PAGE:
‘Western expats in UAE are not saving for retirement’

Expats are putting more focus on their lifestyle today

  
Image used for illustrative purpose. People shop in Ibn Battuta Mall in Dubai June 7, 2012.

Image used for illustrative purpose. People shop in Ibn Battuta Mall in Dubai June 7, 2012.

REUTERS/Stringer .

Saturday, Aug 27, 2016

Abu Dhabi: Despite generally high salaries among western expatriates, the tax-free status of the UAE for most nationalities and the global pension crisis, they are still not saving adequately for retirement.

“An estimation would be that only about 10 per cent of western expats are investing adequately for their future,” said James Green, a senior area manager of Devere Acuma, a financial advisory company.

According to Green, this is because people are still paying off debt in their home countries and are unable to save, and people putting more focus on their lifestyle today rather than thinking about tomorrow.

“It is extremely important for individuals to plan and save for themselves,” said Green.

He said, “There are no compulsory pension schemes available in the UAE like there are in UK, US and other western countries. On top of that the US and UK pensions, in particular, are under more strain than ever due to underfunding as a result of increase in life expectancy.”

Green said he would advise expatriates to have a serious look at what they have saved or invested, if any, evaluate any risks and calculate what they require when they retire.

He said a good baseline for saving for retirement would be the UK government’s recommendation of 25 per cent of the monthly salary.

“It is good practice to put aside between three to six months’ salary for emergencies. Then start putting away a quarter of your salary every month for the future,” said Green.

Green said that although the money can be placed in a bank account, there will no growth. The other options would be to put the money in a well-structured pension plan or invest in property. However, he warns if investing in a pension fund to research the company who will be investing for you before making any commitments.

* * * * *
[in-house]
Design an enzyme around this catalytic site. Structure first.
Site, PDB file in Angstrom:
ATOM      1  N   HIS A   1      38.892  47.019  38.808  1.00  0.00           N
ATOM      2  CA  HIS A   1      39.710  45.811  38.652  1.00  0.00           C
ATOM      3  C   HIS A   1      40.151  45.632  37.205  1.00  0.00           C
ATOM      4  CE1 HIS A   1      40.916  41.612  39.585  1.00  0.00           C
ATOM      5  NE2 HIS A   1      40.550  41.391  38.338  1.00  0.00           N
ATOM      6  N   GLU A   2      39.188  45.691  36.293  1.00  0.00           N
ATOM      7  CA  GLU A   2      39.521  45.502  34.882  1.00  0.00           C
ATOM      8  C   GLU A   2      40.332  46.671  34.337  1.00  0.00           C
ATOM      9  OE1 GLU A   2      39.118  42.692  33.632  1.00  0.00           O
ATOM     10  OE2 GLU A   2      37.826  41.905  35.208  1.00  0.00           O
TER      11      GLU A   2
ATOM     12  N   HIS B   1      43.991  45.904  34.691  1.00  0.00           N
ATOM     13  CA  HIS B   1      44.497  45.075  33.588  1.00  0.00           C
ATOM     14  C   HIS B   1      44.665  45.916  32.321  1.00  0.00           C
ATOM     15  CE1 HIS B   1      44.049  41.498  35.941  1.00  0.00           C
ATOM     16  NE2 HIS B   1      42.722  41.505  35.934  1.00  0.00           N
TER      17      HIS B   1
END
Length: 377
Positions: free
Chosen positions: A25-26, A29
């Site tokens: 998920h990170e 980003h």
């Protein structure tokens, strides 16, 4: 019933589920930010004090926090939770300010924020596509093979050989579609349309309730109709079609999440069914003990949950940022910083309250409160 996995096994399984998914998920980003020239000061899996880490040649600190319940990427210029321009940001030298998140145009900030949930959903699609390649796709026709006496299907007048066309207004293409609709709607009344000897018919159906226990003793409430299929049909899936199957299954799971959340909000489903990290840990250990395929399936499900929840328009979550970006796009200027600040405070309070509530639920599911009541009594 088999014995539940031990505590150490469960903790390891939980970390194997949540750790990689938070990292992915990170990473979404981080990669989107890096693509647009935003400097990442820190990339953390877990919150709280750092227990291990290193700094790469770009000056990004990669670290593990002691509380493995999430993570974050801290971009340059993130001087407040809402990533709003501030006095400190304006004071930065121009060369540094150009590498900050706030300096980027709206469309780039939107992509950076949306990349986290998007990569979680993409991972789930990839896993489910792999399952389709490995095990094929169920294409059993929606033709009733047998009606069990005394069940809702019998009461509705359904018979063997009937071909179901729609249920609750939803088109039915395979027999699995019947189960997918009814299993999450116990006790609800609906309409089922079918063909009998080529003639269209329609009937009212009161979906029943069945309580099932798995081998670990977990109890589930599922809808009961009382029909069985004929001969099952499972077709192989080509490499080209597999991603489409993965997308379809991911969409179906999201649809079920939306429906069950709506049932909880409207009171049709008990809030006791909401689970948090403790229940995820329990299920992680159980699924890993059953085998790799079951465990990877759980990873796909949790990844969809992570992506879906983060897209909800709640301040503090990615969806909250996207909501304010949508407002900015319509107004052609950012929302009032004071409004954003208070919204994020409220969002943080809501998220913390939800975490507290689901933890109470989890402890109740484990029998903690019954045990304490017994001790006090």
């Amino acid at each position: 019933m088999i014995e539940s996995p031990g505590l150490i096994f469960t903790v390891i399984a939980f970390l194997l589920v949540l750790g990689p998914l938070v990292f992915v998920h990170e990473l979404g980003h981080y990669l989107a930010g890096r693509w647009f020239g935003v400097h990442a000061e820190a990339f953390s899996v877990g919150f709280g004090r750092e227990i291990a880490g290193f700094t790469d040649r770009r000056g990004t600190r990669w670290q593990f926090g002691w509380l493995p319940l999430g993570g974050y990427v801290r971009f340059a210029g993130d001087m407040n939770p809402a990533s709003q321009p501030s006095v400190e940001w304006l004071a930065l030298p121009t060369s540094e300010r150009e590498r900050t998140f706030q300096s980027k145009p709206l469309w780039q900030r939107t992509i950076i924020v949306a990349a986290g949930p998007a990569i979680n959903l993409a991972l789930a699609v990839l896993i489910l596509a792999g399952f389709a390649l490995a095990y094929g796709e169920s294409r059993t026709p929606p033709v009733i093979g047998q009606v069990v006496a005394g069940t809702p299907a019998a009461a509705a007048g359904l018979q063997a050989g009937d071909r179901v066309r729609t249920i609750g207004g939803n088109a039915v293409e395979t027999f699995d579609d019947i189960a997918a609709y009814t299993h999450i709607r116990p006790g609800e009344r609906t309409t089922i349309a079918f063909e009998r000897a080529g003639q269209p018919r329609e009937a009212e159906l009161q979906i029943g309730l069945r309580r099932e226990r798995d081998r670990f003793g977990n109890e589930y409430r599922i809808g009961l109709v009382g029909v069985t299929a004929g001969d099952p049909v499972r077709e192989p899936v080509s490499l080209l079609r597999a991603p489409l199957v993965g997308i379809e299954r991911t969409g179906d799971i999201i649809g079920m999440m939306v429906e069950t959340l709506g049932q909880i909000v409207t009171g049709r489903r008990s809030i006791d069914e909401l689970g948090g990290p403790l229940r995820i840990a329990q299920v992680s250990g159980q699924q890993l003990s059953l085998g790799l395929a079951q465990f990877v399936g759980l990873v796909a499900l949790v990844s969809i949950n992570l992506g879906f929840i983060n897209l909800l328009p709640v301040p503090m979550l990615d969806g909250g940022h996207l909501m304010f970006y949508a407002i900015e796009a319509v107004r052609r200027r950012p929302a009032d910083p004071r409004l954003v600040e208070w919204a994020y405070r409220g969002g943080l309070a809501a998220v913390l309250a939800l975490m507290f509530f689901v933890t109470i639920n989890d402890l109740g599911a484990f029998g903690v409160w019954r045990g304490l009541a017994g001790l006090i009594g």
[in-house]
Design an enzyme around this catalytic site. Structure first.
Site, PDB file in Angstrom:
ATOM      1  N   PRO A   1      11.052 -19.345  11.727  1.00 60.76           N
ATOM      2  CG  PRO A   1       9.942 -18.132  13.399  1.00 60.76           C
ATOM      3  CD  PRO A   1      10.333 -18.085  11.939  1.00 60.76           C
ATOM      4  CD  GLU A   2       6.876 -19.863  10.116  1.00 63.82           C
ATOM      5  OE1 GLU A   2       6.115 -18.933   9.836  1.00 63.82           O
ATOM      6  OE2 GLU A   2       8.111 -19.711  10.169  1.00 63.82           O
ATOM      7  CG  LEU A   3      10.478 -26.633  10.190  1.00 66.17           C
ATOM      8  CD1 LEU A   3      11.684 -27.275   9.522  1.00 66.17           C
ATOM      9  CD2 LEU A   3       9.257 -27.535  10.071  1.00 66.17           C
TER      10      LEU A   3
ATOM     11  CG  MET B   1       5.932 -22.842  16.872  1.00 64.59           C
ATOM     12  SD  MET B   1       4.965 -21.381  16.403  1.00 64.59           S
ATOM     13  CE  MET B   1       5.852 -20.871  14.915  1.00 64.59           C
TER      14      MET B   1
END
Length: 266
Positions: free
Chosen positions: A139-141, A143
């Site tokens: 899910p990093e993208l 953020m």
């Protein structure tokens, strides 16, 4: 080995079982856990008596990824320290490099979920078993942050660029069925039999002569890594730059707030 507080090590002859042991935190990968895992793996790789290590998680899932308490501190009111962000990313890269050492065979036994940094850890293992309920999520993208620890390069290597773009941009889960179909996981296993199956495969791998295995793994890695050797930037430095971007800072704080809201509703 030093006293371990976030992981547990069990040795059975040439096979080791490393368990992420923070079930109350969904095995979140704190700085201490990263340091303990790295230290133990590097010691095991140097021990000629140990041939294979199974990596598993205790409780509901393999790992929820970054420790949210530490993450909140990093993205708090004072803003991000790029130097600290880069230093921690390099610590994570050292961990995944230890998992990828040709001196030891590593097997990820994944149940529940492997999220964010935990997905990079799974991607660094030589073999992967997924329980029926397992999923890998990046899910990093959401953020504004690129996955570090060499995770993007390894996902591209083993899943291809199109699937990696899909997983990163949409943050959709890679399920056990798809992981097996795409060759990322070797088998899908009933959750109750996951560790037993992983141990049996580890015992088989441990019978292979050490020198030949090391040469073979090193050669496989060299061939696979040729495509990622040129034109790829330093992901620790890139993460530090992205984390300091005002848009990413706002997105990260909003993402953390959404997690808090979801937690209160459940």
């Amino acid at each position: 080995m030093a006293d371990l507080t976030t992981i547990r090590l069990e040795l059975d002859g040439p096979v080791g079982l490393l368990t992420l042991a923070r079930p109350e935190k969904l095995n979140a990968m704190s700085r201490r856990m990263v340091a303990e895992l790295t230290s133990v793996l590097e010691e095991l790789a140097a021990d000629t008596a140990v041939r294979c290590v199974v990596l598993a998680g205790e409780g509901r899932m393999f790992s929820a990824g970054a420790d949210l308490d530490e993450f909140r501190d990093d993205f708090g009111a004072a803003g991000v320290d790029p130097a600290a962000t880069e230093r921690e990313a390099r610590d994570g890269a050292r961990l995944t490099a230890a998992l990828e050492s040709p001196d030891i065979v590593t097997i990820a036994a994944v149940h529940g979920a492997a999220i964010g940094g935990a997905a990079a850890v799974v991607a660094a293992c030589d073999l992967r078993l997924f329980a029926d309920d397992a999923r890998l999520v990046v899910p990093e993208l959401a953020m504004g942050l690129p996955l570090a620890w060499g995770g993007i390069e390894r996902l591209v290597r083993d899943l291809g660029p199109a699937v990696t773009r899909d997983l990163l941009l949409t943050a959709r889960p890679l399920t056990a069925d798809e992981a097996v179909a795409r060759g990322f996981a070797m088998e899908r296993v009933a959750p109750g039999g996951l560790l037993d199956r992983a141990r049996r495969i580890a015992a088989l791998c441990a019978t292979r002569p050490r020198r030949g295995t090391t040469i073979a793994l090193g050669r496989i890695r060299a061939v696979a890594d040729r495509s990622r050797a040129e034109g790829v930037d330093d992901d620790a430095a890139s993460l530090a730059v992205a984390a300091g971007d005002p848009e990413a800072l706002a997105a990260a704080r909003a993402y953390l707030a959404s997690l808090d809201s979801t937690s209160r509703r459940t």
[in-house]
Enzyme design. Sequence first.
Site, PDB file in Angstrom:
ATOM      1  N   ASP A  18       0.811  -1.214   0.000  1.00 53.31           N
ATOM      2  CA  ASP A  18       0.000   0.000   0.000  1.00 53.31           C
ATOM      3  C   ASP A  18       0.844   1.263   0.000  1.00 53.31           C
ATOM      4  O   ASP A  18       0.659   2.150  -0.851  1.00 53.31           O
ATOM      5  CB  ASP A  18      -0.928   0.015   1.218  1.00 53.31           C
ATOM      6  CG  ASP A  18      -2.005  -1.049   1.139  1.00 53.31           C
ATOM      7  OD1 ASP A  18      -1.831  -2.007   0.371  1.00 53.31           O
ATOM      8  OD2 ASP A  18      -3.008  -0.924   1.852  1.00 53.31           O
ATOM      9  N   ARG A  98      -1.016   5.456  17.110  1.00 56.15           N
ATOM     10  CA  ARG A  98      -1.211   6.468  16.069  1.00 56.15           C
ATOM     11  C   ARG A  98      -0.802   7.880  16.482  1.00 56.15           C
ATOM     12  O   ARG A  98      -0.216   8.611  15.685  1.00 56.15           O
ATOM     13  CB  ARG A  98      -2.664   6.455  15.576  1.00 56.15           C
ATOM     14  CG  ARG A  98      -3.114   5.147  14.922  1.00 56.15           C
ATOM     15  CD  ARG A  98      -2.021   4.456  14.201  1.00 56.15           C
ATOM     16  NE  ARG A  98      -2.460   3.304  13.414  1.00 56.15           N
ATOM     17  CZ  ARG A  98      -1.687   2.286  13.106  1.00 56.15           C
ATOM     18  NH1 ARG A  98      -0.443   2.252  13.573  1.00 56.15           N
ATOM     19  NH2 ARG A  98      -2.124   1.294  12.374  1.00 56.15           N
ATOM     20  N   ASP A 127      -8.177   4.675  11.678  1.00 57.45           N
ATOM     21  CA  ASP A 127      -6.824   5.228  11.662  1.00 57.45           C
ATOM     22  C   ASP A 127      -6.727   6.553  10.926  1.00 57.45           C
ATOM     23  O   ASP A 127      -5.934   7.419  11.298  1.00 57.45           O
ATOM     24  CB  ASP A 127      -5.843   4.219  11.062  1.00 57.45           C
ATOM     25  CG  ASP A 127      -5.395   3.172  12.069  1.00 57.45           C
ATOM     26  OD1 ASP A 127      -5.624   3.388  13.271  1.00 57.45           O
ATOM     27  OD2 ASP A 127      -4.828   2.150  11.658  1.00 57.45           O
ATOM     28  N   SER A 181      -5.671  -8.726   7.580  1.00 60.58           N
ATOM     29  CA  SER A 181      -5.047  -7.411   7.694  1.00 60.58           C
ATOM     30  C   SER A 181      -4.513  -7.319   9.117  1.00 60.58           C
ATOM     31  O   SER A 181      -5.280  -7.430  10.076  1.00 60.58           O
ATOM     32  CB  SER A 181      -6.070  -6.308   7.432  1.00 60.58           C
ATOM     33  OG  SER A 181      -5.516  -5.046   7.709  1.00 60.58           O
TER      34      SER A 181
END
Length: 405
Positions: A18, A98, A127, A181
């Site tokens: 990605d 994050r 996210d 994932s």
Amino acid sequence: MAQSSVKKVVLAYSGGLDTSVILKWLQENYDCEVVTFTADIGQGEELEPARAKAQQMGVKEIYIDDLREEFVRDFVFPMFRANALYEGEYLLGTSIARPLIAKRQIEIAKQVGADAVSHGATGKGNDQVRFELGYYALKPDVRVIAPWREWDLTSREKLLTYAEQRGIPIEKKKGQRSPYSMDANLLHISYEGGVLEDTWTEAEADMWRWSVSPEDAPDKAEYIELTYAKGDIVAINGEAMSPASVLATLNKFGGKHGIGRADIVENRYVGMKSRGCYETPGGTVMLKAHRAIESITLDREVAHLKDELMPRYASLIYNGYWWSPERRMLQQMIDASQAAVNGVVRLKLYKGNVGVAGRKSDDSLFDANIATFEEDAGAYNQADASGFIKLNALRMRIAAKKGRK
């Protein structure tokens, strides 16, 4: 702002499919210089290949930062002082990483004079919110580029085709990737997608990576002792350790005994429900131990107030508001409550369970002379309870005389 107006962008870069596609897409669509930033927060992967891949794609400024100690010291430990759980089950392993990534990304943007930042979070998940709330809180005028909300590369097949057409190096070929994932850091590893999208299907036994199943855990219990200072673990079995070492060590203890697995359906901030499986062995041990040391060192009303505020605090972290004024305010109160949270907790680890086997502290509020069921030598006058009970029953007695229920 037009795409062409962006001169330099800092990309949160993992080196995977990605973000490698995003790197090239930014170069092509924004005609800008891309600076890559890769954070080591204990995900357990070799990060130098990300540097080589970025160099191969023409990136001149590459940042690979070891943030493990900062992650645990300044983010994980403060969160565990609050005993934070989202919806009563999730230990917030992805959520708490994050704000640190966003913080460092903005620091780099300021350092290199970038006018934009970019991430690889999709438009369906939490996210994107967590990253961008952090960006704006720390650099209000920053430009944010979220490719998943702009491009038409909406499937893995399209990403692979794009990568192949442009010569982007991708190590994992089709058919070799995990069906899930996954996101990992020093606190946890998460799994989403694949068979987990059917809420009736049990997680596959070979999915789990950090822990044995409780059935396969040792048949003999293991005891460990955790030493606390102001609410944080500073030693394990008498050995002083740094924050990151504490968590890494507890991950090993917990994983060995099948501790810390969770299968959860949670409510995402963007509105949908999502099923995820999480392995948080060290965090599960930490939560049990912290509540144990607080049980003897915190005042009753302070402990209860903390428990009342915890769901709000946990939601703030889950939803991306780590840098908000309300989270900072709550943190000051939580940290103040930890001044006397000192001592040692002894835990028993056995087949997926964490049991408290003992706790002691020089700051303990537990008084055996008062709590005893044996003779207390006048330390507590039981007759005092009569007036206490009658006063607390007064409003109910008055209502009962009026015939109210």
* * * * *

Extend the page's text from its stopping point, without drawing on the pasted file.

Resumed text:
“People have to be very careful with who to trust with their money, so check if the company who is investing on your behalf is regulated. A simple check would be to find out if the company is regulated by someone like the insurance authorities or Dubai International Financial Centre (DIFC),” he said.

Green also recommended that expatriates invest in regulated jurisdictions such as those available in the Isle of Man, Jersey or Guernsey, as they provide government-backed investor protection. He said this is important to ensure their investment is protected in case of a crisis, such as the 2008 Iceland financial crisis that saw many people lose their savings.

“People who had put their money in Icelandic saving accounts, which had high interest rates, lost their investments because Iceland has no government investor protection.”

Green also said most people are surprised when they realise just how much they have to save for their future.

“An average couple in the UK can live on about Dh150,000 (£30,000) a year, in today’s money. This is not a luxurious lifestyle, this is to have a below average retirement,” said Green.

He explained that this would require saving of around Dh3 million in today’s money. However, he pointed out that this money would not be worth much in 20 years due to inflation (increased cost of living).

“If you calculate inflation to be about 5 per cent every year, then the savings would have to be around Dh6 million,” said Green.

He said his advice would be to start planning for the future early and to make smart decisions when saving or spending.

By Sarvy Geranpayeh Staff Reporter

Gulf News 2016. All rights reserved.

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